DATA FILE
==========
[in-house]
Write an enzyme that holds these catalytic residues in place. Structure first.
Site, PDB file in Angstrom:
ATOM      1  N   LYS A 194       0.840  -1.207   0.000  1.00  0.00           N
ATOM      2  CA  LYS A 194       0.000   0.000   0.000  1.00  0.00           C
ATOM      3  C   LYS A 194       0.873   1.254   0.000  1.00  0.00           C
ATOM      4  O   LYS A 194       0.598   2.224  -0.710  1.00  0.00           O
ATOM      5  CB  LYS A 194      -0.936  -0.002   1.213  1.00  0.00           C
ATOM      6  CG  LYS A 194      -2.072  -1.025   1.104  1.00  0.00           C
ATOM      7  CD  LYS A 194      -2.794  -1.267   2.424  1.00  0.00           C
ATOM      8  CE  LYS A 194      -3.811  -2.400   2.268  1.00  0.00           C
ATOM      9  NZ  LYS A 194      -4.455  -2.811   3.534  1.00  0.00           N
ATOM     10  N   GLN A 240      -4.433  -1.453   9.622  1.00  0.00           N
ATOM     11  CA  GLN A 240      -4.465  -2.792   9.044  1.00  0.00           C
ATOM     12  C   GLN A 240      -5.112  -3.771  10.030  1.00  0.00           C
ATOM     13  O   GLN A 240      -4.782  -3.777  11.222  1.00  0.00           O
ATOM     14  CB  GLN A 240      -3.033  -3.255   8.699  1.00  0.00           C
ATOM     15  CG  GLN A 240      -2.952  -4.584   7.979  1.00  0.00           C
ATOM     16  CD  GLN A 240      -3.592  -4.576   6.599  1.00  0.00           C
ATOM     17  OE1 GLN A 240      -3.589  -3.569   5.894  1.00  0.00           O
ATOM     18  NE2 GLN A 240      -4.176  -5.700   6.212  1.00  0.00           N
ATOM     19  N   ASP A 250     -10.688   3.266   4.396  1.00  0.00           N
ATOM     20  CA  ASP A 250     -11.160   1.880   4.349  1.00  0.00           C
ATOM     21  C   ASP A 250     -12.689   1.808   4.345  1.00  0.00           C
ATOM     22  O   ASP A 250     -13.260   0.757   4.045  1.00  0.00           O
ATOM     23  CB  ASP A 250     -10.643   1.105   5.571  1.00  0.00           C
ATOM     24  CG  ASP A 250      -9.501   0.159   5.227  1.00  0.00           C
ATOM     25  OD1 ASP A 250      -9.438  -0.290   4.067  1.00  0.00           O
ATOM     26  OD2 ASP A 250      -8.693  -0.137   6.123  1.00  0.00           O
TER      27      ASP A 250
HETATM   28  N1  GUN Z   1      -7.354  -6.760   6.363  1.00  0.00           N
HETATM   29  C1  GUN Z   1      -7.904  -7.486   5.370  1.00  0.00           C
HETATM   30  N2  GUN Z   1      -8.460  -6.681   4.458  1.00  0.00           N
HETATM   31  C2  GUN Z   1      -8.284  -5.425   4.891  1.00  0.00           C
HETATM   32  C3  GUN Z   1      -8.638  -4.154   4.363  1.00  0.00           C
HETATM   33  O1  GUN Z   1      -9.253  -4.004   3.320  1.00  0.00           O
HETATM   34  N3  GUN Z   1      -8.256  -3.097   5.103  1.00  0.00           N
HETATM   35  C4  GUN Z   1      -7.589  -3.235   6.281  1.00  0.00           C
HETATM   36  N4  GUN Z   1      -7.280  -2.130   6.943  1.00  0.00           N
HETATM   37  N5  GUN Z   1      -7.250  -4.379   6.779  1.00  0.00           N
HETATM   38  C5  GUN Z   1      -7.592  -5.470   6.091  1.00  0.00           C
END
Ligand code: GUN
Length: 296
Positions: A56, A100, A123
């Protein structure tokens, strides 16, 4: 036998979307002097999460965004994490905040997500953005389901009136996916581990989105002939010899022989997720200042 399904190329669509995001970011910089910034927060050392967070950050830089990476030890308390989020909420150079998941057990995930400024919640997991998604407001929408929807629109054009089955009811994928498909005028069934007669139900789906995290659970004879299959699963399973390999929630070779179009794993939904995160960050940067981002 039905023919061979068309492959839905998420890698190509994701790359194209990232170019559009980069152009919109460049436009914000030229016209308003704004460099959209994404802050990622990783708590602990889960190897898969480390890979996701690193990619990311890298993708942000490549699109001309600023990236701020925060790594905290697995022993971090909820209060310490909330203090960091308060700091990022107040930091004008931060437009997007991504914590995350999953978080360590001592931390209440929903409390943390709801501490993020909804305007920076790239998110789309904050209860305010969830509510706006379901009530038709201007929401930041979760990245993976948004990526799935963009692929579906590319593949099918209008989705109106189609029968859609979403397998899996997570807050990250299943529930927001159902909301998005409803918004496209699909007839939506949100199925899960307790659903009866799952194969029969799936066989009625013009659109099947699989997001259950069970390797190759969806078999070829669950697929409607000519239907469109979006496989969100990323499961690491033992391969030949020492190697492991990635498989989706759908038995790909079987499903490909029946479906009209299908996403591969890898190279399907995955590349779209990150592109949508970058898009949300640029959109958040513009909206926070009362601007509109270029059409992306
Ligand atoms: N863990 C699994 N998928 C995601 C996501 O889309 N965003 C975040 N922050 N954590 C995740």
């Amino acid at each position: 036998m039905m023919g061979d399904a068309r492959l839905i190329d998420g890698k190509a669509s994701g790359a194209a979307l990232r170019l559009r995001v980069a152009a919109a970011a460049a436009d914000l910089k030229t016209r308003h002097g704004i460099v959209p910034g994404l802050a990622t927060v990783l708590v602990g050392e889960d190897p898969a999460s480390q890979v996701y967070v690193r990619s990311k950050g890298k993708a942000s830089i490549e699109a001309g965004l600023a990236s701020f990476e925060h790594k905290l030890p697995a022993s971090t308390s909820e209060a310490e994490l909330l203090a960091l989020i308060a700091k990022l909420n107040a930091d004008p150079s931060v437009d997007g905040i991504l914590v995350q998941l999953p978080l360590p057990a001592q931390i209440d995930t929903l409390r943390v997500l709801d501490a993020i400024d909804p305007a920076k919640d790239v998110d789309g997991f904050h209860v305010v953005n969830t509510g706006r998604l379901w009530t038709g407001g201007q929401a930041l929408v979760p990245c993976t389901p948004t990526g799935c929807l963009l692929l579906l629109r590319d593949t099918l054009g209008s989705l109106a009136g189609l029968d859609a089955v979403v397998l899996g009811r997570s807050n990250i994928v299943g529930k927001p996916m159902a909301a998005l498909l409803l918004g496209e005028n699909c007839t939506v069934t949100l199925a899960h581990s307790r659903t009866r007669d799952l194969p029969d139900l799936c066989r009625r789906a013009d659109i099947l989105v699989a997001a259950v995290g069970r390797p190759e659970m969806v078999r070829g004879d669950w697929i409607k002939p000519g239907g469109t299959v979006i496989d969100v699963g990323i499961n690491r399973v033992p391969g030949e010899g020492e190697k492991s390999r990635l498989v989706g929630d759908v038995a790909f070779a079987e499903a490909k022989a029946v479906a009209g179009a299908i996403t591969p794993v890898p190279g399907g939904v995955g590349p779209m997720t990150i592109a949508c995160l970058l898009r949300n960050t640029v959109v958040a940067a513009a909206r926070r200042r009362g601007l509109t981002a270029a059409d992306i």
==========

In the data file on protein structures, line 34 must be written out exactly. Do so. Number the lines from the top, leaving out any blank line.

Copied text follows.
HETATM   31  C2  GUN Z   1      -8.284  -5.425   4.891  1.00  0.00           C